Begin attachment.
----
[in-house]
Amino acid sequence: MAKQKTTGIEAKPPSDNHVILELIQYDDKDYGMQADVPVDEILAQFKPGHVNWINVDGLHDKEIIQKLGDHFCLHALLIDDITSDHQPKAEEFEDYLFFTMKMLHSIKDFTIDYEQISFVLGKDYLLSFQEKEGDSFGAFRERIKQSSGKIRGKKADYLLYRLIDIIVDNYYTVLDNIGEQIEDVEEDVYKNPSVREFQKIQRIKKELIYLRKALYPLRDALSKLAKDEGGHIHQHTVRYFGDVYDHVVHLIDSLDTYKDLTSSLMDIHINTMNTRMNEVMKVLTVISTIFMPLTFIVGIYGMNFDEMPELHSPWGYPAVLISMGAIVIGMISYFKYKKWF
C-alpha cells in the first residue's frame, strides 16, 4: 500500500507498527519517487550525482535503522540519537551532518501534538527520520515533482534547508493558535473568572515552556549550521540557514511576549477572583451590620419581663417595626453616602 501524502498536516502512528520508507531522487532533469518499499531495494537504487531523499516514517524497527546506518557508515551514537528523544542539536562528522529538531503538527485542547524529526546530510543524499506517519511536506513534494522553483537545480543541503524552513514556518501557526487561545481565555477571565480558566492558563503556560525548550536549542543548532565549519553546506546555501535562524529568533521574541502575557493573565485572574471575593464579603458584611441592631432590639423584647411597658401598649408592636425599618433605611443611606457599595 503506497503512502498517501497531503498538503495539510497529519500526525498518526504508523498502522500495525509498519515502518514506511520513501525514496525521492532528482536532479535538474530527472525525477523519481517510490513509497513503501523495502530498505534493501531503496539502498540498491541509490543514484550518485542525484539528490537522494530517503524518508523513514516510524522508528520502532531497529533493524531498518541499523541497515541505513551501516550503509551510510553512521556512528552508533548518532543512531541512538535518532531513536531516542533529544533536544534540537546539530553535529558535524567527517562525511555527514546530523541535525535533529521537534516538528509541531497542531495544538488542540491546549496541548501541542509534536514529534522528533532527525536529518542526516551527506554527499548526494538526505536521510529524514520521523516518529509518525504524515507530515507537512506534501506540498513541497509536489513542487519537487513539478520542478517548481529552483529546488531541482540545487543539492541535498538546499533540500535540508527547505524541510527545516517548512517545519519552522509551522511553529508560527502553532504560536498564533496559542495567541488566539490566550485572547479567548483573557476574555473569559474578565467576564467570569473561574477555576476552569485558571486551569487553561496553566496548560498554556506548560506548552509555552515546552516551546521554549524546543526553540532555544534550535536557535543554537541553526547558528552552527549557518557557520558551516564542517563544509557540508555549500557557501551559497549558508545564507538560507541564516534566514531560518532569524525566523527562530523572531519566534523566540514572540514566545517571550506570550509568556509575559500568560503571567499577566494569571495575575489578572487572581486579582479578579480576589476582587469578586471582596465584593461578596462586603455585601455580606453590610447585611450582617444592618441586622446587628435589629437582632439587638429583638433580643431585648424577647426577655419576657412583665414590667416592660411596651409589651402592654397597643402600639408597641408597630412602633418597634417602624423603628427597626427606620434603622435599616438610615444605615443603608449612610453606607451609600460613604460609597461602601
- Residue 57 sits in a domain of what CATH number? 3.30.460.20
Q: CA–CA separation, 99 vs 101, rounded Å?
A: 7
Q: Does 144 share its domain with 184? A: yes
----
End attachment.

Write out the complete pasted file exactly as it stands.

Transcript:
[in-house]
Amino acid sequence: MAKQKTTGIEAKPPSDNHVILELIQYDDKDYGMQADVPVDEILAQFKPGHVNWINVDGLHDKEIIQKLGDHFCLHALLIDDITSDHQPKAEEFEDYLFFTMKMLHSIKDFTIDYEQISFVLGKDYLLSFQEKEGDSFGAFRERIKQSSGKIRGKKADYLLYRLIDIIVDNYYTVLDNIGEQIEDVEEDVYKNPSVREFQKIQRIKKELIYLRKALYPLRDALSKLAKDEGGHIHQHTVRYFGDVYDHVVHLIDSLDTYKDLTSSLMDIHINTMNTRMNEVMKVLTVISTIFMPLTFIVGIYGMNFDEMPELHSPWGYPAVLISMGAIVIGMISYFKYKKWF
C-alpha cells in the first residue's frame, strides 16, 4: 500500500507498527519517487550525482535503522540519537551532518501534538527520520515533482534547508493558535473568572515552556549550521540557514511576549477572583451590620419581663417595626453616602 501524502498536516502512528520508507531522487532533469518499499531495494537504487531523499516514517524497527546506518557508515551514537528523544542539536562528522529538531503538527485542547524529526546530510543524499506517519511536506513534494522553483537545480543541503524552513514556518501557526487561545481565555477571565480558566492558563503556560525548550536549542543548532565549519553546506546555501535562524529568533521574541502575557493573565485572574471575593464579603458584611441592631432590639423584647411597658401598649408592636425599618433605611443611606457599595 503506497503512502498517501497531503498538503495539510497529519500526525498518526504508523498502522500495525509498519515502518514506511520513501525514496525521492532528482536532479535538474530527472525525477523519481517510490513509497513503501523495502530498505534493501531503496539502498540498491541509490543514484550518485542525484539528490537522494530517503524518508523513514516510524522508528520502532531497529533493524531498518541499523541497515541505513551501516550503509551510510553512521556512528552508533548518532543512531541512538535518532531513536531516542533529544533536544534540537546539530553535529558535524567527517562525511555527514546530523541535525535533529521537534516538528509541531497542531495544538488542540491546549496541548501541542509534536514529534522528533532527525536529518542526516551527506554527499548526494538526505536521510529524514520521523516518529509518525504524515507530515507537512506534501506540498513541497509536489513542487519537487513539478520542478517548481529552483529546488531541482540545487543539492541535498538546499533540500535540508527547505524541510527545516517548512517545519519552522509551522511553529508560527502553532504560536498564533496559542495567541488566539490566550485572547479567548483573557476574555473569559474578565467576564467570569473561574477555576476552569485558571486551569487553561496553566496548560498554556506548560506548552509555552515546552516551546521554549524546543526553540532555544534550535536557535543554537541553526547558528552552527549557518557557520558551516564542517563544509557540508555549500557557501551559497549558508545564507538560507541564516534566514531560518532569524525566523527562530523572531519566534523566540514572540514566545517571550506570550509568556509575559500568560503571567499577566494569571495575575489578572487572581486579582479578579480576589476582587469578586471582596465584593461578596462586603455585601455580606453590610447585611450582617444592618441586622446587628435589629437582632439587638429583638433580643431585648424577647426577655419576657412583665414590667416592660411596651409589651402592654397597643402600639408597641408597630412602633418597634417602624423603628427597626427606620434603622435599616438610615444605615443603608449612610453606607451609600460613604460609597461602601
- Residue 57 sits in a domain of what CATH number? 3.30.460.20
Q: CA–CA separation, 99 vs 101, rounded Å?
A: 7
Q: Does 144 share its domain with 184? A: yes